The bare trees lining the streets of Boston may have been shivering in a chill winter wind, but the calendar had flipped ahead a few pages within the capaciously cozy confines of Symphony Hall Thursday evening, February 18th. Conductor James Levine treated a sold-out audience to his realizations of Ludwig van Beethoven’s Symphony No. 6 in F Major, Op. 68 (“Pastoral”) and Symphony No. 7 in A Major, Op. 92 as part of his postponed exploration of the great composer’s symphonic output. Last fall, with Levine on the disabled list, a series of guest conductors pinch-hit on the podium during the originally scheduled concert series. Thus, the intriguing aspect of this program was its performance by the BSO just 111 days earlier under the capable baton of Maestro Lorin Maazel. This gave concertgoers who attended last fall’s concert a rare and fascinating juxtaposition: identical orchestra and program under the guidance of two equally accomplished but markedly different conductors. I was fortunate enough to be one of those concertgoers; click here for my review of the Maazel rendition. [Click title for full review.]



Ebony Light and Dark at BSO Community Concert


There has not been nearly enough said about the Boston Symphony’s outreach program, funded by the Lowell Institute, that brings chamber music concert featuring BSO players into venues in the various cities and neighborhoods of eastern Massachusetts. On Valentine’s Day the seventh such performance (the fourth discrete program) in this series (ten in all) took place at Roxbury’s Twelfth Baptist Church, before a full and commendably diverse house. The performers on this occasion were clarinetist Thomas Martin and the members of the Hawthorne String Quartet, Ronan Lefkowitz (in the first piece only) and Si-Jing Huang, violins, Mark Ludwig, viola, and Sato Knudsen, cello.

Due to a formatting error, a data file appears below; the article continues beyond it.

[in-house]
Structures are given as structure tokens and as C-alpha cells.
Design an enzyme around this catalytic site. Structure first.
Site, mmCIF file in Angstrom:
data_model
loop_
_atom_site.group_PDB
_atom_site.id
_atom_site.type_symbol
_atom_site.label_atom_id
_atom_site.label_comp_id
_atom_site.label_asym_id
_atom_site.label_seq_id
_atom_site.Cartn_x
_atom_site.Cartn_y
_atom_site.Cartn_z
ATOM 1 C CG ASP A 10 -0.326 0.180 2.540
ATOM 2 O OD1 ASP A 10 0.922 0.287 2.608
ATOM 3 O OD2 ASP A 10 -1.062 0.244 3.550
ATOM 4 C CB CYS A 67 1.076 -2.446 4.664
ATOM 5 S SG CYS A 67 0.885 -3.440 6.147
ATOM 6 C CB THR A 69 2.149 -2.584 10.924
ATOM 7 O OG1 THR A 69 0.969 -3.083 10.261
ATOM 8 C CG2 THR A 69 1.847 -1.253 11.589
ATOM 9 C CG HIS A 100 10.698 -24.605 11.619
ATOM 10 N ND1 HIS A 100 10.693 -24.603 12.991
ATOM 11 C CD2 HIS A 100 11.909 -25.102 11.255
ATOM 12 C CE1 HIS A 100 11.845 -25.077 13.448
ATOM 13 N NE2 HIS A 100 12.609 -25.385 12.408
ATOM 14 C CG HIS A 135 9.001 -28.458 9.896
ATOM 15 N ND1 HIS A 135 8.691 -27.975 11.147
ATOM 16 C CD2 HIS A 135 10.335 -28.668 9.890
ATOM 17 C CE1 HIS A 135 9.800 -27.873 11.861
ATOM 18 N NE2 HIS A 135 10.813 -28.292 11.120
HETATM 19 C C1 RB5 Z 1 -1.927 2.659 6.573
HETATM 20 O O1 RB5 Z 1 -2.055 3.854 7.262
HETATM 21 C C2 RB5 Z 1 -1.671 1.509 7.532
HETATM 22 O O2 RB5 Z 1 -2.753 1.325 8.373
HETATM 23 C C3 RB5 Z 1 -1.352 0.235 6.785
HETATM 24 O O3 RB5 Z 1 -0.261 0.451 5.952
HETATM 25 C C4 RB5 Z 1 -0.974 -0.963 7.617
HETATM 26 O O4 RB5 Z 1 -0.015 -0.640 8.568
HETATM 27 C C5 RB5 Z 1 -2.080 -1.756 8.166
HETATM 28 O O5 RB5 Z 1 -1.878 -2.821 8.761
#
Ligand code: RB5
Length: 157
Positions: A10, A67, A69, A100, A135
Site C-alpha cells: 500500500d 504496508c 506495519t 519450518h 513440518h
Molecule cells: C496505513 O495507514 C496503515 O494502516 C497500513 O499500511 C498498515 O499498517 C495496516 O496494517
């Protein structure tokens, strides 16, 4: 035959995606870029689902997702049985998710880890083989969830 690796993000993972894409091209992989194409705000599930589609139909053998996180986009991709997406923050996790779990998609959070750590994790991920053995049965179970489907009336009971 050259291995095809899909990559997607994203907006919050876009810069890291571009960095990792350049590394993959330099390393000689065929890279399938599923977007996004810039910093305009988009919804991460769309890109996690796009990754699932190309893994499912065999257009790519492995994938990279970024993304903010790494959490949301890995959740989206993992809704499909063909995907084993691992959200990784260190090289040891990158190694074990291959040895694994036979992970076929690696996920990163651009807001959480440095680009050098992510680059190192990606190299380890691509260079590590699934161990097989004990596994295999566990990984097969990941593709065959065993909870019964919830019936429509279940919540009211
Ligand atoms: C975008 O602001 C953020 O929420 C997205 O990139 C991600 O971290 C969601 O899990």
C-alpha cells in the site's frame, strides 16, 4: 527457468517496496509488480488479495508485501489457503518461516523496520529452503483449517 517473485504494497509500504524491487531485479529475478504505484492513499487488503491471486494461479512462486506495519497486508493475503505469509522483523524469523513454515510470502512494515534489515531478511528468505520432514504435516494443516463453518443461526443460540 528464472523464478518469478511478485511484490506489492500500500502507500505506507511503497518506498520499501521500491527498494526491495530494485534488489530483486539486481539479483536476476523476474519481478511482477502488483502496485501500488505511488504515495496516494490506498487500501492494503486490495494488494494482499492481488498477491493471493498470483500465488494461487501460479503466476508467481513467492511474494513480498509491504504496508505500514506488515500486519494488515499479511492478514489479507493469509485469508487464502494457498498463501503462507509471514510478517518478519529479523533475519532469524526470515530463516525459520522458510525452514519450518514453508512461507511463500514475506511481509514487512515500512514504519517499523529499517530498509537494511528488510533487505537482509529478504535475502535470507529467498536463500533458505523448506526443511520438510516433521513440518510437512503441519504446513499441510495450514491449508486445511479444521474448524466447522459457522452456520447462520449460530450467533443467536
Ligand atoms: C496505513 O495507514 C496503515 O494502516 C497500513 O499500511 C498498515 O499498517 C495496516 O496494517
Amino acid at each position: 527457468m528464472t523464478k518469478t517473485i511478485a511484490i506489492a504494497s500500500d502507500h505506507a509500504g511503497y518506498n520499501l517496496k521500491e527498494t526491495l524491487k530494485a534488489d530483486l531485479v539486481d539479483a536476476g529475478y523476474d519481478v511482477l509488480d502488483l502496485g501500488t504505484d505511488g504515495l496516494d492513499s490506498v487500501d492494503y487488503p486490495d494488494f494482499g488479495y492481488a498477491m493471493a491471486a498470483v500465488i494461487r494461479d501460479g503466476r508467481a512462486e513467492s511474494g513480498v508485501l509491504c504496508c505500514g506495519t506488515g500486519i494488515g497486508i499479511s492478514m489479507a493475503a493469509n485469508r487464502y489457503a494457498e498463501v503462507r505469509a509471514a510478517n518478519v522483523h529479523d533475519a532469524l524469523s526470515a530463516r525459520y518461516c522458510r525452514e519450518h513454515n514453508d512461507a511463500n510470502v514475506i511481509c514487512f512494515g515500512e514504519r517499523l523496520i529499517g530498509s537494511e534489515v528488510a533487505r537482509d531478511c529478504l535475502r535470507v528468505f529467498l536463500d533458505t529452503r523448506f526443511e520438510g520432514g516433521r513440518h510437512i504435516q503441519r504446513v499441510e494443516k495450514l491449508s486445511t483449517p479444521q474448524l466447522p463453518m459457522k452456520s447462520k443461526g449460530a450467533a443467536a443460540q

The program for this brief recital (one hour, no intermission) was a bit of a moveable feast. The season flyer for the series promised works of Penderecki, Viktor Kalabis, Gideon Klein and Franz Krommer. In the event, we got three movements of Hadyn’s D minor quartet, Op. 76 No. 2, the Krommer B-flat clarinet quartet, Op. 21 No. 2, the Klein string trio, and the première of Mr. Martin’s arrangement for clarinet quartet of Gershwin’s three preludes for piano, a considerably more demotic assortment. This series has not hitherto shied away from difficult music; we hope the BSO has not despaired of finding audiences for it.            [Click title for full review.] [continued]

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Baroque Light, ‘n’ Lovely


LAcadémie is a relatively new Baroque chamber group in Boston, established during the 2008-2009 season by harpsichordist and general director Leslie Kwan and tenor, conductor, and music director Michael Barrett. Their concerts this season, all in the Marsh Chapel at Boston University, are diverse but thematic, full of engaging and rarely heard music. The concert I heard on Saturday, February 13th, entitled “(S)he’s Just Not That into You: Love Songs (and More) from Seventeenth-Century England and Italy,” in spite of the ungrateful title, was a fine example of their extraordinary singing and playing, with the added fillip of delightful dramatic presentation that wove the concert into one well-proportioned tapestry.

The two-dozen vocal works were all from the Treasury of Musick (1669), three volumes compiled by John Playford containing music chiefly by Henry and William Lawes. The seven instrumental works, performed before and after each group of four songs, derived from “the first generation of published compositions from Italy for solo instrument and basso continuo,” and included sonatas and dances by Dario Castello (ca. 1590-ca. 1658), Biagio Marini (1594-1663), Andrea Falconieri (1585/6-1656)), and Giovanni Paolo Cima (ca. 1570-1622).         [Click title for full review.] [continued]


Pro Musicis’ 44th Season Continues with Unmistakable Virtuosity and Personal Quest


Pro Musicis artist Lydia Artymiw played piano music of Mozart, Schumann, Messiaen, and Kurtág at Pickman Hall at Longy School of Music Saturday, February 13. Both the older and the newer music underwent a transforming presentation, exhibiting unmistakable virtuosity and personal quest.

Artymiw, with unequivocal determination, followed her muse to extreme individualism, her fingers never failing her. Well-deserved applause goes to her for opening up to us and taking us along with her on her own musical affirmation. While her virtually flawless playing, pervading the top flight acoustics of the intimate hall in Cambridge, left me in humble admiration, I could not understand the plots, messages, and voices of the composers. All seemed to take on a single voice, far too often loud if not overpowering. [Click title for full review.] [continued]